My permaculture friend Todd always likes to pepper everyday conversation, somewhat tongue-in-cheek, with the term “pollution”. You see, in the course we did together, we were given a new perspective on the concept of pollution – which was redefined – not as something absolute and evil, but rather as a surplus of any resource for which a use has yet to be found.
To offer an example of how this works: in a forum I attended a few days ago in Bundanon, Pia Winberg, an environmental scientist at University of Wollongong drew attention to the untapped potential of seeweed as an Australian Industry. For Pia, seeweed is great because you can grow a lot of it in salty water (sidestepping the salinity problem), and it can be used to mop up some of the destructive nitrogen and phosphorus “pollution” created by fish farming industries. In other words, if you locate a seeweed farm near a fish farm, the pollution from the fish farm becomes, rather, a resource for the seeweed farm.
On a smaller and slightly more absurd scale, Todd, who has a lot of chickens in his south-coast backyard, likes to brag that he has an “egg pollution” problem. Which he, very kindly, solves by giving eggs away. Even better, he offers to help others solve their “empty egg carton pollution” problem, which helps him package his eggy pollutants. You get the idea…
Which brings me to a looming issue. There’s only one month to go on the In the Balance exhibition at the MCA. What will happen with all the stuff used to put together the show, when it finishes?
Obviously, many of the artworks are discrete entities which will be packaged up and freighted home to their owners (yes, with all the associated resource use and carbon emissions and so on). Some works, however, were created on-site, and will have to be dismantled, and/or re-housed come the start of November.
One such work is this one, by the Future Farmers:
It’s their “SUNSHINE STILL” and “SUN RUNNER” – a prototype, three dimensional, non-working model for a hypothetical system which takes trash and turns it into hooch, and biodiesel. I worked with the artists to do an audit on the project, which you can read about here.
Dan and Ian built it on site at the MCA (and while they were in residence at the National Art School where they were hosted in the lead up to the show). But shortly after the show opened, they returned to America, to move on to the next chapter of their ongoing Sunshine Still project.
And now, discussions are beginning about what is to be done with their MCA piece. Here’s an email I received from Anna, the curator who looked after the Future Farmers during their time here:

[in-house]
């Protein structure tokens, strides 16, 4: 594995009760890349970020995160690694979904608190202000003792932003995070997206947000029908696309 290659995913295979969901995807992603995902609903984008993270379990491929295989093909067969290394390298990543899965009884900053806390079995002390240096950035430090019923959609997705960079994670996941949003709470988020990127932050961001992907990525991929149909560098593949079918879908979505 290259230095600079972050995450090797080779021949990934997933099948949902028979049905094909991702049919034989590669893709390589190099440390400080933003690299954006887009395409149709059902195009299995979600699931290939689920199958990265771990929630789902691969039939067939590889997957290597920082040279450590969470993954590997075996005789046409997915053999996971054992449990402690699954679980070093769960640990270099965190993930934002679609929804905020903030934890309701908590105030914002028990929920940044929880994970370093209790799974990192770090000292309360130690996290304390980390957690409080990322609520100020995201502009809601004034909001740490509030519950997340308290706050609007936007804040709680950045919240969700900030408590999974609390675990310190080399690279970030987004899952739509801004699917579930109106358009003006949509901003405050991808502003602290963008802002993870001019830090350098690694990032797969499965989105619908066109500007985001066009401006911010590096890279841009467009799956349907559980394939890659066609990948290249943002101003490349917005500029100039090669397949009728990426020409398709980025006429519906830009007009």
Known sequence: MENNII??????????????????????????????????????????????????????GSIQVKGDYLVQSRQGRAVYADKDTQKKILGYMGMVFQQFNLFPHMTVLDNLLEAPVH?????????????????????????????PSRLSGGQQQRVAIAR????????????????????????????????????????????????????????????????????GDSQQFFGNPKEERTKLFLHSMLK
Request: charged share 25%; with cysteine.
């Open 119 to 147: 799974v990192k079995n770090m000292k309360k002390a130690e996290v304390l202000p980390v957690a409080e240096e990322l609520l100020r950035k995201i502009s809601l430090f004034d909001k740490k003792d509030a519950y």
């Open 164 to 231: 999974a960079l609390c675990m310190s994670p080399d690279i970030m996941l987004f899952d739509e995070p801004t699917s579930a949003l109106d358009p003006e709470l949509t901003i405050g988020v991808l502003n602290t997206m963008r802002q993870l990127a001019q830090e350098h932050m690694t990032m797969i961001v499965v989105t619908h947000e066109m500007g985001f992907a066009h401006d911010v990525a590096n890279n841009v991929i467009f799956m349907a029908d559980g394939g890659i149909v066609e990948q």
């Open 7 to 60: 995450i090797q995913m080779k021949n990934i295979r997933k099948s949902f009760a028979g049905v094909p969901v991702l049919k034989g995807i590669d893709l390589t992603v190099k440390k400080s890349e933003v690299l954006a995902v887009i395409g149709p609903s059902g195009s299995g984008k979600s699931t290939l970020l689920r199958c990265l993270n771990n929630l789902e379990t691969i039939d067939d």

I’m not exactly sure why I’m sending you this – perhaps its in your auditor capacity or maybe its because you have lots of great ideas and know lots of people…
Anyway below are some emails between me and Amy (Futurefarmers) discussing what will happen to their work at the end of the show.
Unfortunately our budget doesn’t have allowances to ship it anywhere – but we could deliver it (or parts of it) in our truck somewhere local.
I am trying to think of possibilities – I think I’ll ask Katie at the National Art School in case the sculpture department wants the Sun Runner – I guess the main issue is really where to keep it as it is pretty big.
So yeah if you have any bright ideas I’d love to hear them and then I can pass them on to the Futurefarmers to see what they think. Amy lists the kinds of things she’d ideally like below
I’m not going to reproduce her whole conversation with Amy from the Future Farmers, but I will share a few of the things that Amy has in mind for the work.
It seems like some good scenarios would be:
-it goes somewhere where many people can enjoy it
– a collector acquire it for a nice sum that can fund future projects (and a plane ticket for anna and elmar to come visit )
-it gets donated to a go-cart contest
Other obvious scenarios which occur to me might involve the work being broken down into its constituent parts and re-used in some way. There’s plenty of nice perspex and plywood in the piece, not to mention those large “demijohn” bottles which a home brewer could use … and the bike wheels, which came from the Nunnery Bike Workshop in the first place, and could probably go back there … Freecycle could help with re-housing some of these bits.
But this kind of work – breaking it down, making it useful again, finding new homes – involves a lot of nitpicky labour – entropy in action! In fact, it could potentially add up to a similar amount of time and effort as was used to find the materials and construct the work in the first place. Will the museum see this as a worthwhile venture, given the theme and focus of this particular exhibition? Or will time be too crucial? Will the skip-bin be called to the rescue? Can we come up with a more interesting solution to the art of pollution?
Do you, dear reader, have any suggestions?